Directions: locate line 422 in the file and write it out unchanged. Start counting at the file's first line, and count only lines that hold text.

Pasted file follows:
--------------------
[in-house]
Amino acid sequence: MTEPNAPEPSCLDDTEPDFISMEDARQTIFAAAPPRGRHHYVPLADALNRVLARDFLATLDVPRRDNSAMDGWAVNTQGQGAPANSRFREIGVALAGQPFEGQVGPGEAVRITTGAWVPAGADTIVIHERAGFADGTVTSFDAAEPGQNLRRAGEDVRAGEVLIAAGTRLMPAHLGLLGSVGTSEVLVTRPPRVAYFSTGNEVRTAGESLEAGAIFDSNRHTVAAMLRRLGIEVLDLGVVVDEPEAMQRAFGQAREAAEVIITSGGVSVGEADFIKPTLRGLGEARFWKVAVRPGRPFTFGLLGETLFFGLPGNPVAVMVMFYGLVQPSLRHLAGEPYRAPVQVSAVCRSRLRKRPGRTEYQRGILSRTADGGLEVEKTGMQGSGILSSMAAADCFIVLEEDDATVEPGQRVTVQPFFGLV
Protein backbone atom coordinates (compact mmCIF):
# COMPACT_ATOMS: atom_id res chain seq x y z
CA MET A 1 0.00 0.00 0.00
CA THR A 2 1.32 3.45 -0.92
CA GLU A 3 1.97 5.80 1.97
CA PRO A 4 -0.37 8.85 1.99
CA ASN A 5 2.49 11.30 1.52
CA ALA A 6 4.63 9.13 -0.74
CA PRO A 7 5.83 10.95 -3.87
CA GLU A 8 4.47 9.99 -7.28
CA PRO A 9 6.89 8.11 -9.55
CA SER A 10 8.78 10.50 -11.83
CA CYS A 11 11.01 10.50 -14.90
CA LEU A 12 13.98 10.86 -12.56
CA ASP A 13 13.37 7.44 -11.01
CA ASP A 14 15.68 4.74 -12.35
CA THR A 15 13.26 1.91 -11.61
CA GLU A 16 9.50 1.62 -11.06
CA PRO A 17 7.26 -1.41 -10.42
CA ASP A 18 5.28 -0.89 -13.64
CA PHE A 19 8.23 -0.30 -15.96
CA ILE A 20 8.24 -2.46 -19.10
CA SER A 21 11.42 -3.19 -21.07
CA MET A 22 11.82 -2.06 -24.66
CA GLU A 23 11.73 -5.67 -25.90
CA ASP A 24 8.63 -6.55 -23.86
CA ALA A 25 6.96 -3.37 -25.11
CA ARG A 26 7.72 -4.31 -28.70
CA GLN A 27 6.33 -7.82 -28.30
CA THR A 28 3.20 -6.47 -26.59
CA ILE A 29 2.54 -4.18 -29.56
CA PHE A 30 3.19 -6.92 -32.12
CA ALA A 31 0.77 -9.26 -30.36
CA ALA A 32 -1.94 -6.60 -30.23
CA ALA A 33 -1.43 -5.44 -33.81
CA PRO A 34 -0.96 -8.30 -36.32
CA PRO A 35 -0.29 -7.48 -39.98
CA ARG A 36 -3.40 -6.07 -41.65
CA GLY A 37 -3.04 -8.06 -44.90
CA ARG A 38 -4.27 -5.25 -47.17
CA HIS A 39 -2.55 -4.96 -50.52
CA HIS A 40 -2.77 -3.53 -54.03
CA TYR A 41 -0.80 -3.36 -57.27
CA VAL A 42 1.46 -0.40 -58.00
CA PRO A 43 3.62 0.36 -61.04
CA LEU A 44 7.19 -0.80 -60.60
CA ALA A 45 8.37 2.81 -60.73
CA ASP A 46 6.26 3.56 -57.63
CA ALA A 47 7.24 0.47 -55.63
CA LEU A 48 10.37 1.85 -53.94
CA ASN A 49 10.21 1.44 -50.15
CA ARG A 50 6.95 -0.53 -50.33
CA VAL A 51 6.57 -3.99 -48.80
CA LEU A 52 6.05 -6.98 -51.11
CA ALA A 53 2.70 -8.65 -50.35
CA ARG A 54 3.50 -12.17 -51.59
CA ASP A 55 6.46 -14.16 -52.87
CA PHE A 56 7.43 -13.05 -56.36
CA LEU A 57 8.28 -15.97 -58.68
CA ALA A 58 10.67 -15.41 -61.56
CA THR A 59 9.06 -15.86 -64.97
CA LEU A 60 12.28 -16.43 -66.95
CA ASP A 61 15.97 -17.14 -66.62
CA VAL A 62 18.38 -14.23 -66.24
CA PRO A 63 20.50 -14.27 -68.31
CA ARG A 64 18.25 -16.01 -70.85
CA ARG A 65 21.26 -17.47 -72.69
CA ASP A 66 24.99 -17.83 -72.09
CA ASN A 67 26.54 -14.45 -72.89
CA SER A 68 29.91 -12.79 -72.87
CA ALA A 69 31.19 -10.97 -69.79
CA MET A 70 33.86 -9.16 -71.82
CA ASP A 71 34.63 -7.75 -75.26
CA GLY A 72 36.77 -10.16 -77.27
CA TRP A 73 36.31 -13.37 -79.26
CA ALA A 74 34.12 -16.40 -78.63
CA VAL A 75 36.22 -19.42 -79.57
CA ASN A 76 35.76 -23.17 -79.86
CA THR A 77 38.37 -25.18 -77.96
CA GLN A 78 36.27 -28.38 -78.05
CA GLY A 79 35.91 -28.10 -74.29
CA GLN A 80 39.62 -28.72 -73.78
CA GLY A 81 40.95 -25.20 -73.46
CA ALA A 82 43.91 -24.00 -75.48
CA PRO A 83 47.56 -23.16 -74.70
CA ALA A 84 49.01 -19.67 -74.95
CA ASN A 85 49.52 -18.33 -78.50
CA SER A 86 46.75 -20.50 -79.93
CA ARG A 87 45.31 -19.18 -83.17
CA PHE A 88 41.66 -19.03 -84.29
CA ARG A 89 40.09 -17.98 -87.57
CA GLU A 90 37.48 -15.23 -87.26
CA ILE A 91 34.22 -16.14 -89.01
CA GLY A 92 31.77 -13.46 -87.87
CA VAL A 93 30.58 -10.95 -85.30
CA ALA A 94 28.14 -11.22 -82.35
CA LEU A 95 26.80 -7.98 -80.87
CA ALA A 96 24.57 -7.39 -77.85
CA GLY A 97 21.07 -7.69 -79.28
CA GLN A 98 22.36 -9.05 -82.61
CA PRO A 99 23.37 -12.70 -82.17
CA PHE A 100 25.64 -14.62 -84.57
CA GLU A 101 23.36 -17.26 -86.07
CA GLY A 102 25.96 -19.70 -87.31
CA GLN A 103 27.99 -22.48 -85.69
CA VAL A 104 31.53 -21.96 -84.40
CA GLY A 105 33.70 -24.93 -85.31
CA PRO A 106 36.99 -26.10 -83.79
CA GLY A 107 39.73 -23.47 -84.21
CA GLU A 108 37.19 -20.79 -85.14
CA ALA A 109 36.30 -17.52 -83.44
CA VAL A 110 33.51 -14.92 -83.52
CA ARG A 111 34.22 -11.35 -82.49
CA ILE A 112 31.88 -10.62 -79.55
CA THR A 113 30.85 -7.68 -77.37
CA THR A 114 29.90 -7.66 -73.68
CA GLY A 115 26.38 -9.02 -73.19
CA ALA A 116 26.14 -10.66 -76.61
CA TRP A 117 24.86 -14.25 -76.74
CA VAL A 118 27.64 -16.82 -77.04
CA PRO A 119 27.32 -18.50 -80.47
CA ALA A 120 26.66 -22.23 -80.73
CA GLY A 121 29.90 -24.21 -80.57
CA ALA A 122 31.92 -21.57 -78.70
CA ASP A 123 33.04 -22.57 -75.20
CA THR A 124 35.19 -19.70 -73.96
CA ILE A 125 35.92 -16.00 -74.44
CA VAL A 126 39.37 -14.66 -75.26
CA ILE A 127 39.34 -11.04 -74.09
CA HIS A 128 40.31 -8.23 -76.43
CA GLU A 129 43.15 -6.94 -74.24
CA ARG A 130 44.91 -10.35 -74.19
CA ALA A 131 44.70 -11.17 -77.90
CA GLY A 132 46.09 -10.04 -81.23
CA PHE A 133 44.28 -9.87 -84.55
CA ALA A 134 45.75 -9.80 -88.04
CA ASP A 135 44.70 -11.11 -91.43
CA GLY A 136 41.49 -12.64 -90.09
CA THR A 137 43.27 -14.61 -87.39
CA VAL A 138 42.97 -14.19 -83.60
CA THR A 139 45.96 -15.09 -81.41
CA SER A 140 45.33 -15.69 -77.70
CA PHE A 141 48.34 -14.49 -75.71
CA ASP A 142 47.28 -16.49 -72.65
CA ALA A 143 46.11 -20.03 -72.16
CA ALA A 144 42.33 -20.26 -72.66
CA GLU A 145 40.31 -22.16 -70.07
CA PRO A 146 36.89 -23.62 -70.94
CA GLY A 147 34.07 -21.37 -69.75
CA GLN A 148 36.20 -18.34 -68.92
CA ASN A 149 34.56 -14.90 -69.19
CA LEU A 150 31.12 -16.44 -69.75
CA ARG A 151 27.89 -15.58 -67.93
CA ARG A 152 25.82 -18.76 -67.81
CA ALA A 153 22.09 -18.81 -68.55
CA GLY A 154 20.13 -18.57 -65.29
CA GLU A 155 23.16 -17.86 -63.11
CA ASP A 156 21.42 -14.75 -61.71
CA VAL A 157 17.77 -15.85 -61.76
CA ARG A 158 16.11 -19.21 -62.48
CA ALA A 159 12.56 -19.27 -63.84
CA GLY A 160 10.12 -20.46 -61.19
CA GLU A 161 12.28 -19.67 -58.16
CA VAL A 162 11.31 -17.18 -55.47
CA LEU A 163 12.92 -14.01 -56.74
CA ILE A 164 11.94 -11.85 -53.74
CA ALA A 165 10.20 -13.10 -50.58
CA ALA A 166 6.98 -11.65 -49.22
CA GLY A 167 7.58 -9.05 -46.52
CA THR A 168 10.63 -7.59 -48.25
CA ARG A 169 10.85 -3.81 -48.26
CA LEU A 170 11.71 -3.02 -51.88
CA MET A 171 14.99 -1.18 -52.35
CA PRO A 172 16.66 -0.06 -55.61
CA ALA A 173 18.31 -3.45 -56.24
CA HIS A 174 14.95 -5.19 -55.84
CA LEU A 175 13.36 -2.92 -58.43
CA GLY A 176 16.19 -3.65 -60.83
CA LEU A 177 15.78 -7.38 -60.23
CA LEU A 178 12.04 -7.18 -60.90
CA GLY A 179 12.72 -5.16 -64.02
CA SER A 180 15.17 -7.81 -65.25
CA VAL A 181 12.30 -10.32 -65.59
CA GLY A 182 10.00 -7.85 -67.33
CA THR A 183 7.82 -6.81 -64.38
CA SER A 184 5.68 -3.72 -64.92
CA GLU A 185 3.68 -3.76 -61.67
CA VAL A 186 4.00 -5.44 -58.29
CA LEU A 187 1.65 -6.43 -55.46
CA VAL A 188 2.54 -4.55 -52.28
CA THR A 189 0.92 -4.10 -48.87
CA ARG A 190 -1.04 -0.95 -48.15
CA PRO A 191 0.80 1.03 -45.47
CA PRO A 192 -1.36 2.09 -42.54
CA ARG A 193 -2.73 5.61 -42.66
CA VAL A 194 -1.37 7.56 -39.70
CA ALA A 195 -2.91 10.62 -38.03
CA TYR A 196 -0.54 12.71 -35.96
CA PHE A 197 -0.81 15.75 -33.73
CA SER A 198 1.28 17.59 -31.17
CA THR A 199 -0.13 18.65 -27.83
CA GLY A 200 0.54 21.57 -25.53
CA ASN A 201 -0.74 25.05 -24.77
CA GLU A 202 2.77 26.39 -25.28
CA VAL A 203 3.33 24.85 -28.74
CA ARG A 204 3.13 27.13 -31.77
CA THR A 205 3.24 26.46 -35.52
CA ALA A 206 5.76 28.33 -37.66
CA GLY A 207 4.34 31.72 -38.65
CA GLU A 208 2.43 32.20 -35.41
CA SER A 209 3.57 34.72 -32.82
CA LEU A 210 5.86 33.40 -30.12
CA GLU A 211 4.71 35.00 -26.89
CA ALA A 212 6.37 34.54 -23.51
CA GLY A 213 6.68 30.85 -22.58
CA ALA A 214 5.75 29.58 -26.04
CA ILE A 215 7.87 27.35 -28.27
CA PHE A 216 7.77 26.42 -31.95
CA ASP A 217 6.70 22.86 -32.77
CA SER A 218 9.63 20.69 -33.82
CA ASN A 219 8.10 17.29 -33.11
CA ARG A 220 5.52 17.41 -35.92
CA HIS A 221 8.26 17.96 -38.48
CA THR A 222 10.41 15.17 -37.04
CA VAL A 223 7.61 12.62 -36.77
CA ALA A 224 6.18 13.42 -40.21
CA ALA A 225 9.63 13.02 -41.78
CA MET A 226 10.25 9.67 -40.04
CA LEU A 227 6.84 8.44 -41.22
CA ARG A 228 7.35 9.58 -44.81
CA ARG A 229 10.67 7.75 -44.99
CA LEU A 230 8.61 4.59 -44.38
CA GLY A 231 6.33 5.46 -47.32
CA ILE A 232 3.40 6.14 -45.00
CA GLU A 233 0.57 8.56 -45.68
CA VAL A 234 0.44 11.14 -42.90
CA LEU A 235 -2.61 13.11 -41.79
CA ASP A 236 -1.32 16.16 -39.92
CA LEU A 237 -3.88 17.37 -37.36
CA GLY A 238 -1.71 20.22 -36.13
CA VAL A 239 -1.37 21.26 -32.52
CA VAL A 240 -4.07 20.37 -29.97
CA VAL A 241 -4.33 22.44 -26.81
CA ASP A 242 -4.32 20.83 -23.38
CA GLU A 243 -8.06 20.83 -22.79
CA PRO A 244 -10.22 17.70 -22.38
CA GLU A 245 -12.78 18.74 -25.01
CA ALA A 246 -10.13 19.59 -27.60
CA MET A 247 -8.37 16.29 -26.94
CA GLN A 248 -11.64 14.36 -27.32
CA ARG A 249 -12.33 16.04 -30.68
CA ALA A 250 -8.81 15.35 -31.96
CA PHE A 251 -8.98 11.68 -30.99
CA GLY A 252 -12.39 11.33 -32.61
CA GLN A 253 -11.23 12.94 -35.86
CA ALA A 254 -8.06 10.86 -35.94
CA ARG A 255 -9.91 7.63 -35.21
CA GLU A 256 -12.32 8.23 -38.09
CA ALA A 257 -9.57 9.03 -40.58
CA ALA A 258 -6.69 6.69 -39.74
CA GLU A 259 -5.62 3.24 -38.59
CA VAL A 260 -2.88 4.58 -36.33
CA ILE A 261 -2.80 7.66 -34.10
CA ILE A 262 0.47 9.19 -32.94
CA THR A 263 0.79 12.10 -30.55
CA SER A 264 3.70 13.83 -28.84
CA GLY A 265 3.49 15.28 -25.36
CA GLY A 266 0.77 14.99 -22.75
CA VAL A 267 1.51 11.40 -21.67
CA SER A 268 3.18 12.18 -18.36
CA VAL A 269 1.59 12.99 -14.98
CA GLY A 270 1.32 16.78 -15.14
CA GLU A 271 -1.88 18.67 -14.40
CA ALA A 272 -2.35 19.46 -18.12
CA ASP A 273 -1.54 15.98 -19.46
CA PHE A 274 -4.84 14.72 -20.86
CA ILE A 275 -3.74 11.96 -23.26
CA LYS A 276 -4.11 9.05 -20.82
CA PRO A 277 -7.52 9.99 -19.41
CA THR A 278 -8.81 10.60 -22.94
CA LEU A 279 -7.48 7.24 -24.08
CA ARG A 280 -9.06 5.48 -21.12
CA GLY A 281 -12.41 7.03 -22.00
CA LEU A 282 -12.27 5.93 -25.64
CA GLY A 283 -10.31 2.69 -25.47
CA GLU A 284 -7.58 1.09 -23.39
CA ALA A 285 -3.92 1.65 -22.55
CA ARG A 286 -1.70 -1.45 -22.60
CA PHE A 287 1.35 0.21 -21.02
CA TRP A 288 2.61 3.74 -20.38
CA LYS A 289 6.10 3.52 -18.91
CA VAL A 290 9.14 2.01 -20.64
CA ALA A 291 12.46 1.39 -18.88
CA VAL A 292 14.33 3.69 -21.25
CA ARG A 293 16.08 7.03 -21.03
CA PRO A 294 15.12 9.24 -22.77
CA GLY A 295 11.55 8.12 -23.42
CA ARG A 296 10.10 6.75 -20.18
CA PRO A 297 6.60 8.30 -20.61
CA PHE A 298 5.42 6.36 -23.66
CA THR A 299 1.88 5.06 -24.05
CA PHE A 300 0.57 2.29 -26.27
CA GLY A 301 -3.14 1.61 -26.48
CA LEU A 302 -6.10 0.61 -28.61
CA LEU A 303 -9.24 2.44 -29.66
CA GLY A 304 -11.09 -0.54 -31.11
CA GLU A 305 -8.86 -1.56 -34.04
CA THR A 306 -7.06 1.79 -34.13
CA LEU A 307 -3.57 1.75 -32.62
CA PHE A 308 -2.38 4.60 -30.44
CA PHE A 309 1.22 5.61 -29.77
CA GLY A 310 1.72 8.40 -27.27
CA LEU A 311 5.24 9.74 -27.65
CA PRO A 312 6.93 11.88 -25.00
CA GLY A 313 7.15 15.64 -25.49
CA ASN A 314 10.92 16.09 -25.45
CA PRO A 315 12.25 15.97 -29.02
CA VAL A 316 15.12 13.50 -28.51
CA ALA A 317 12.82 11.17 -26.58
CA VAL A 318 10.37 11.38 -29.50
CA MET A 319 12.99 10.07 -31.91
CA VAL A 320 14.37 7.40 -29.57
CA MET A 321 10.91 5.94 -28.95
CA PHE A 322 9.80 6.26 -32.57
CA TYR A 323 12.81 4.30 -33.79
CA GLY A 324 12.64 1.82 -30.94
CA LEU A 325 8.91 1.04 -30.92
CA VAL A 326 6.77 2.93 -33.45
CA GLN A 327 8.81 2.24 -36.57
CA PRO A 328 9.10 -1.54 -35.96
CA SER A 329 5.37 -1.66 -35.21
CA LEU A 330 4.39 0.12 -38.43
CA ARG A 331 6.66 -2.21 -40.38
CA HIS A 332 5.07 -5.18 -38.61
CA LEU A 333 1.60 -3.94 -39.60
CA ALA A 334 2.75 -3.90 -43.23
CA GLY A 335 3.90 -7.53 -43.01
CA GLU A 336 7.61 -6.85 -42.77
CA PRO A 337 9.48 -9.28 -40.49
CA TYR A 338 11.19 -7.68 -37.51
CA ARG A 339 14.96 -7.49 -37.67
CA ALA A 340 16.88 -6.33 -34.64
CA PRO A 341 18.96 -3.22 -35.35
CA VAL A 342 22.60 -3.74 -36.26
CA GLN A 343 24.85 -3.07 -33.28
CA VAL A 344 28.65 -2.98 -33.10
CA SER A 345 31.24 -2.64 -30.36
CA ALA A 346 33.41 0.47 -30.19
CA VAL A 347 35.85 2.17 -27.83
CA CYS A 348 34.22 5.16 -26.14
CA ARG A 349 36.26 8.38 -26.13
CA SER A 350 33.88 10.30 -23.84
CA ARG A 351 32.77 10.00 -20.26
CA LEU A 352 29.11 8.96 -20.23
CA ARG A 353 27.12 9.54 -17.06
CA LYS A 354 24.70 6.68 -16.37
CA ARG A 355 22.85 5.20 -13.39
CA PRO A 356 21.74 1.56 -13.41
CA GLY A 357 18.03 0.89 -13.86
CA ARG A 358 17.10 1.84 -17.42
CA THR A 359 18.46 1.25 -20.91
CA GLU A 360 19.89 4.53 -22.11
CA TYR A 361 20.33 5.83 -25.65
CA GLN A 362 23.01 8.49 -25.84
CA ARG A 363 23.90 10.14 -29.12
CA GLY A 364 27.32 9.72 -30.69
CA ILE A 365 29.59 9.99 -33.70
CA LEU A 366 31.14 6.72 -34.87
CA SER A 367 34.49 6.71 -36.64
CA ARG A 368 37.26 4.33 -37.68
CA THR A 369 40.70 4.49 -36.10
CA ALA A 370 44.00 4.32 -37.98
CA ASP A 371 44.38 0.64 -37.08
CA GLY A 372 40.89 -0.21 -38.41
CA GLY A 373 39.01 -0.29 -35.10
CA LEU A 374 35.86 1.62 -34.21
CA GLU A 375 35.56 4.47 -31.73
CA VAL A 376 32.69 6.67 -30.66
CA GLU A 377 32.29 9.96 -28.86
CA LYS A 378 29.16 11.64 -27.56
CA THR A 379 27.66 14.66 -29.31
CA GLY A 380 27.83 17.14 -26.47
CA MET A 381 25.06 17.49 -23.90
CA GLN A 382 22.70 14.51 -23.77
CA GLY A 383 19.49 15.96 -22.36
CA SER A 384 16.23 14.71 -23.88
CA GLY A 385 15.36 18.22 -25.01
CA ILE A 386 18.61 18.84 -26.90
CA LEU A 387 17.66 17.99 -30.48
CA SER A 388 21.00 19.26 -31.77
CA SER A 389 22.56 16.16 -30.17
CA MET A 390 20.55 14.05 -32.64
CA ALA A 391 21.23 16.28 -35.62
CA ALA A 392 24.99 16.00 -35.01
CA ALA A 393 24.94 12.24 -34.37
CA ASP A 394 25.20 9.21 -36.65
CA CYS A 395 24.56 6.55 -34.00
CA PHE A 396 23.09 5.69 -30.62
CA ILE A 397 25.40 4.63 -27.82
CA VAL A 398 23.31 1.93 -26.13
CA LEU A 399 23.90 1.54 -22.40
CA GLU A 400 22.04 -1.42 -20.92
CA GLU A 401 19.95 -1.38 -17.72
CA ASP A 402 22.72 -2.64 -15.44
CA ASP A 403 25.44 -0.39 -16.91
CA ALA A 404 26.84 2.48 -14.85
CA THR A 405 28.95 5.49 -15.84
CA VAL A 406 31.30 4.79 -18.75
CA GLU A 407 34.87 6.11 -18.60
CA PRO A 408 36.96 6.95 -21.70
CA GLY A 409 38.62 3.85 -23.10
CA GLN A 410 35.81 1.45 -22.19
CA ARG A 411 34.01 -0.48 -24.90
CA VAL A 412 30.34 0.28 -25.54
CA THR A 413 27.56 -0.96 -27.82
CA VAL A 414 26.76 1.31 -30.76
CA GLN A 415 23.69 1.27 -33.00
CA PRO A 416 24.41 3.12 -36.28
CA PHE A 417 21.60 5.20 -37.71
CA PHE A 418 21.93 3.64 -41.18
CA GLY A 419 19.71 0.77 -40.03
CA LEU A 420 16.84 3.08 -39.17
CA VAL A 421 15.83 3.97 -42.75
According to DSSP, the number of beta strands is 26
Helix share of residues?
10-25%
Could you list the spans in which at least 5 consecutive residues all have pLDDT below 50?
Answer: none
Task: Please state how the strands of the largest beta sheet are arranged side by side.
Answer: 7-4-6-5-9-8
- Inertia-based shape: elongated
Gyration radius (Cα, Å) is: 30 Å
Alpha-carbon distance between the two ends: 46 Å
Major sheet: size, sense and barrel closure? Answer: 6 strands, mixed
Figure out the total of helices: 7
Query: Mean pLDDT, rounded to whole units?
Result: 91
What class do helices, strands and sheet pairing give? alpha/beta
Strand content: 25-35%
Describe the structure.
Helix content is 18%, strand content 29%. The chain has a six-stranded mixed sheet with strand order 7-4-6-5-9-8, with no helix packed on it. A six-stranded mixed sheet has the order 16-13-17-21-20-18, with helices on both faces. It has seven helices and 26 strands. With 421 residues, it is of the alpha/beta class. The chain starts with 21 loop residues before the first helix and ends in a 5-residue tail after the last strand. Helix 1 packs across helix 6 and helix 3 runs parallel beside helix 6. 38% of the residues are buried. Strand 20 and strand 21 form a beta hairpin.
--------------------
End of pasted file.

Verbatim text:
CA PHE A 418 21.93 3.64 -41.18